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Mentors in the May Fly Project introduce young anglers to fly fishing and conservation.

The Mayfly Project

    I discovered the Mayfly Project when a child therapist reached out to me to find a mentor for a young man in St. Petersburg. He, like so many young men and women, love to fish but have no one to coach him. My first thought was to reach out to my friend and former Florida Outdoor Writer’s Association President Bill AuCoin. AuCoin is a member of and produces a newsletter for the Suncoast Fly Fishers (SCFF), a St Petersburg based Fly Club. SCFF is a non-profit 501(C)3 organization which is also a charter member of the Fly Fishes Internationalgroup.

   The day after I reached out to AuCoin he sent me an email introduction to Scott Russell, a fly club member who is heading up a project to mentor foster children through a unique program called The Mayfly Project. The Mayfly Project is a 501(c)(3) national organization that uses fly fishing as a catalyst to mentor and support children in foster care. The web site describes the Mission of The Mayfly Project. “To support children in foster care through fly fishing and introduce them to their local water ecosystems, with a hope that connecting them to a rewarding hobby will provide an opportunity for foster children to have fun, build confidence, and develop a meaningful connection with the outdoors”.

    When I went to the Mayfly Project website and read the story of how the founders Jess and Laura Westbrook were inspired to form the organization I was “hooked.”  Jess Westbrook’s idea to use fly fishing as a tool to support children in foster care was derived from how he used fly fishing as a therapeutic tool to manage his own anxiety. In 2014, Jess and wife Laura’s son, Kase, was born. Soon after, Jess started experiencing intense anxiety attacks, which he had never had before. In a six-month period, he lost 30 lbs., was missing work frequently, and distancing himself from loved ones. Even though Jess had been fly fishing since he was six years old, everything changed for him when a friend stepped in to help.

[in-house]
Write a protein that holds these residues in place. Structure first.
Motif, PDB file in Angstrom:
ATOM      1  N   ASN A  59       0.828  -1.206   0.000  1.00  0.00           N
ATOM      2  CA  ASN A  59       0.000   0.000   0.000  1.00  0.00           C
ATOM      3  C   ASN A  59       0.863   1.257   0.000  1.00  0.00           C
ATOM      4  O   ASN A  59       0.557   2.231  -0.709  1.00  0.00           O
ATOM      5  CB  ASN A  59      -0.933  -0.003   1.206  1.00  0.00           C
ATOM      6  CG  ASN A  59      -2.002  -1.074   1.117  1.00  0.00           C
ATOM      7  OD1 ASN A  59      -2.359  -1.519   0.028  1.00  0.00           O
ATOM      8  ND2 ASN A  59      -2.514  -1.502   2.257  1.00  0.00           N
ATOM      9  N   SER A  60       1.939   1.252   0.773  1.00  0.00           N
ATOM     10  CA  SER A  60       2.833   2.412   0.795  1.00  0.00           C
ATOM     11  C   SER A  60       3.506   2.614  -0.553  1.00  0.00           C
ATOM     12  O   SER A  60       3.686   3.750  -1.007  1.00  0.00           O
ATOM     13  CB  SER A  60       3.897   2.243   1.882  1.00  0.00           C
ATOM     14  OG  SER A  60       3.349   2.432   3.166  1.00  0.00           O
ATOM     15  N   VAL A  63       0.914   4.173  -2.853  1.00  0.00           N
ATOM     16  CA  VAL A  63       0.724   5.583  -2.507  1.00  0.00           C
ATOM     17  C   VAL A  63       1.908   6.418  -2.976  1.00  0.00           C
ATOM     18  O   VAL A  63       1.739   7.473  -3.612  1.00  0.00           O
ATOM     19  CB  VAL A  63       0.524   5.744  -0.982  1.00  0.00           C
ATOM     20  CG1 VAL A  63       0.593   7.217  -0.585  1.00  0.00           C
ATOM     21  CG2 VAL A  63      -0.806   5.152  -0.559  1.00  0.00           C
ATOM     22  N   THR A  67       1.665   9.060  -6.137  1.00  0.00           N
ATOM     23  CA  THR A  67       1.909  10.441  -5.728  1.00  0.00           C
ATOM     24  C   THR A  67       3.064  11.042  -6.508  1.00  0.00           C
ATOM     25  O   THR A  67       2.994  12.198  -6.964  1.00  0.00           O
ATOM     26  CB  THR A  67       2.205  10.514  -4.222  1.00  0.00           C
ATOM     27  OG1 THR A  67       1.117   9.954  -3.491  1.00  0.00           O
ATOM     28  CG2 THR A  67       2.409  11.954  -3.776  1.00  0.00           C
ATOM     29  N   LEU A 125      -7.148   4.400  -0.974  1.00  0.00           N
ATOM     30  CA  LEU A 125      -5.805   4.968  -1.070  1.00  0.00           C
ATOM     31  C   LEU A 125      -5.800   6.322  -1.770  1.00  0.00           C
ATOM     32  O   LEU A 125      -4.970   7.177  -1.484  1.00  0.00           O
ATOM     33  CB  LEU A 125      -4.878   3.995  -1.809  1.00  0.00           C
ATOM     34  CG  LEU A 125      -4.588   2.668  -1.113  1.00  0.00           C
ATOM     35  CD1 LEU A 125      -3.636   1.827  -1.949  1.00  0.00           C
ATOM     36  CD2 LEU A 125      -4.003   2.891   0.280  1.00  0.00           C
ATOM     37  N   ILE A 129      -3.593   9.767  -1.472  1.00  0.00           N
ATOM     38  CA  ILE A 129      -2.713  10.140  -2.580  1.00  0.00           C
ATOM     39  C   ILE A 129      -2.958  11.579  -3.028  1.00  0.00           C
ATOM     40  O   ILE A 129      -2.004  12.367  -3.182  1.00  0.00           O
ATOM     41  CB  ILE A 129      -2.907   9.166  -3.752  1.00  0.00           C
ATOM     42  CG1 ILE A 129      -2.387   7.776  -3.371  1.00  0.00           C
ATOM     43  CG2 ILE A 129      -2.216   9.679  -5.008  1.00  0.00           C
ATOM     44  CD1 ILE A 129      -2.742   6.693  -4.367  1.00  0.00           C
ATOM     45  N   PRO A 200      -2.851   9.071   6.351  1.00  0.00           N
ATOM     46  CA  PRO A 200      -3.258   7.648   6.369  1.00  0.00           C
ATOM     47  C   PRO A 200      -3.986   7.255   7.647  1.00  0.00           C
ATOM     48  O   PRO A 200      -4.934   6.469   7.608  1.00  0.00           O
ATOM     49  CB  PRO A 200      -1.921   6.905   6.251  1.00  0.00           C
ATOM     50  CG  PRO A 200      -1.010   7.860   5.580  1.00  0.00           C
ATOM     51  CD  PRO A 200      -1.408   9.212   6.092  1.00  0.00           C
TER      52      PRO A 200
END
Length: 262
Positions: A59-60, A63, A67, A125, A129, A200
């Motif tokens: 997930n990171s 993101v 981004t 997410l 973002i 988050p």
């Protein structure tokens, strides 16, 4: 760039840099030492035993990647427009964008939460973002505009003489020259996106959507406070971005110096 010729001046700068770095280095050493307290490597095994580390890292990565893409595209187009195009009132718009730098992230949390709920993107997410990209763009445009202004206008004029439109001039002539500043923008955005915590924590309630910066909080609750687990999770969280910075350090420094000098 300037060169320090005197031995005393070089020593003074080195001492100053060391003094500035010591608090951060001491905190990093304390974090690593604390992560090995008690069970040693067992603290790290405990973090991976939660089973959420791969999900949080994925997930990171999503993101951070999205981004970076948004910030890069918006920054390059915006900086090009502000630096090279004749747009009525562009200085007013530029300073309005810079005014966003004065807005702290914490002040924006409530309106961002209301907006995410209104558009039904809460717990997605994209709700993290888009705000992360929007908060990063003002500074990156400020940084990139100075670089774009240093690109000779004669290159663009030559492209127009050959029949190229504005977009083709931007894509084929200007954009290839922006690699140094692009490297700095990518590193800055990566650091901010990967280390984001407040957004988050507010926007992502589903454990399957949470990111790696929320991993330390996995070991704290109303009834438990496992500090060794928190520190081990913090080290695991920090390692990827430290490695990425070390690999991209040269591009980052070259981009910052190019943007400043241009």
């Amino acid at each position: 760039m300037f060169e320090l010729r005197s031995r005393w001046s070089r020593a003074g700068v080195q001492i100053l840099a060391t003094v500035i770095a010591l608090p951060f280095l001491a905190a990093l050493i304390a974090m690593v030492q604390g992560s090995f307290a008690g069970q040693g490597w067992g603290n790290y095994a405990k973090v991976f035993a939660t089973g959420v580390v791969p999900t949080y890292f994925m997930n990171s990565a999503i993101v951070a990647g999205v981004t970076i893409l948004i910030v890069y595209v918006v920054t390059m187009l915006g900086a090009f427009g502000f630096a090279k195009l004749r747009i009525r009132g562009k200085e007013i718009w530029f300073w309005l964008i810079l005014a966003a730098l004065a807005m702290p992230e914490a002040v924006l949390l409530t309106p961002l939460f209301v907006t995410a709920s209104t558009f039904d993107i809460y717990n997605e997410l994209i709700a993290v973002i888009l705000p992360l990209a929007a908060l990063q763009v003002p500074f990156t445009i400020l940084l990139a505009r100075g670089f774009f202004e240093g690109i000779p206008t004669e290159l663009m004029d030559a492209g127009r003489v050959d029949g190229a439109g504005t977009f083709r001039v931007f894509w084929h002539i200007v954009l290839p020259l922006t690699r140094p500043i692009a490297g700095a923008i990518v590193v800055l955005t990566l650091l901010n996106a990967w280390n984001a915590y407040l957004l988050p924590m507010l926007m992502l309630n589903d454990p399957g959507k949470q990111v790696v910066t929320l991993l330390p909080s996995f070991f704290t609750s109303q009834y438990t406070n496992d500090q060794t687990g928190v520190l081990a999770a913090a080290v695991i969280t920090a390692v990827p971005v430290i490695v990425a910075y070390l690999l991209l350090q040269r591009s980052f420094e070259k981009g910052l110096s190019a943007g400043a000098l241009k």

“A friend that I admired kept getting me out on the river to fish and I found that when I was on the river I forgot about everything but fishing,” explained Jess. All his worries and anxious thoughts seemed to disappear as soon as he stepped into the water. “When we are fly fishing we are so concentrated on casting, mending, presenting good drifts, etc., that we forget about everything else around us.”

During this time, Jess was introduced to mentoring children in foster care through an organization at church. The timing was perfect. He was looking for a way to give back to the community through fly-fishing, a sport that had helped him over some very tough hurdles.

“It broke my heart learning more about what foster children go through and that they needed the community to support them during their difficult journey,” Jess said. 

   When I reached out to Russell about a mentor he related his own story. “My wife and I are very familiar with the challenges foster youth struggle with.  Many of them that struggle with controlling their emotions frankly have days that are full of being ‘corrected’ by the adults (e.g. teachers, parents, foster home staff, etc.) in their lives.  Our project is meant to just be a break from everything.  As mentors in the program, we’re not there to try to fix things that aren’t going right in their life, we are only there to spend time with them, have fun, and teach them about fly fishing.  Similar to how fly fishing has been found to be great therapy for veterans through the Healing Waters program, we hope that fly fishing can be a great escape for these kids from their normal routine.  I know for me, even just tying flies or practicing casting is a great way to get my mind off of all the ’stuff’ going on in my life.  It’s also a nice opportunity for them to learn about conservation and how it will help preserve the natural resources we enjoy. These youth need all the help our community can provide”. 

   Westbrook and Russell’s story is inspirational to me and resonated because fishing in general and fly fishing in particular had been so helpful to me when I experienced my own bout with anxiety and depression. I credit a large part of my recovery with the friends and family that supported me. I had experienced the same relief that Jess and Scott had on the water.

    There are many programs like the Mayfly Project that use fishing to help disadvantaged children, breast cancer survivorssoldiers and others navigate the inevitable traumas that life brings. What better way for us to use our passion to assist others who need a helping hand.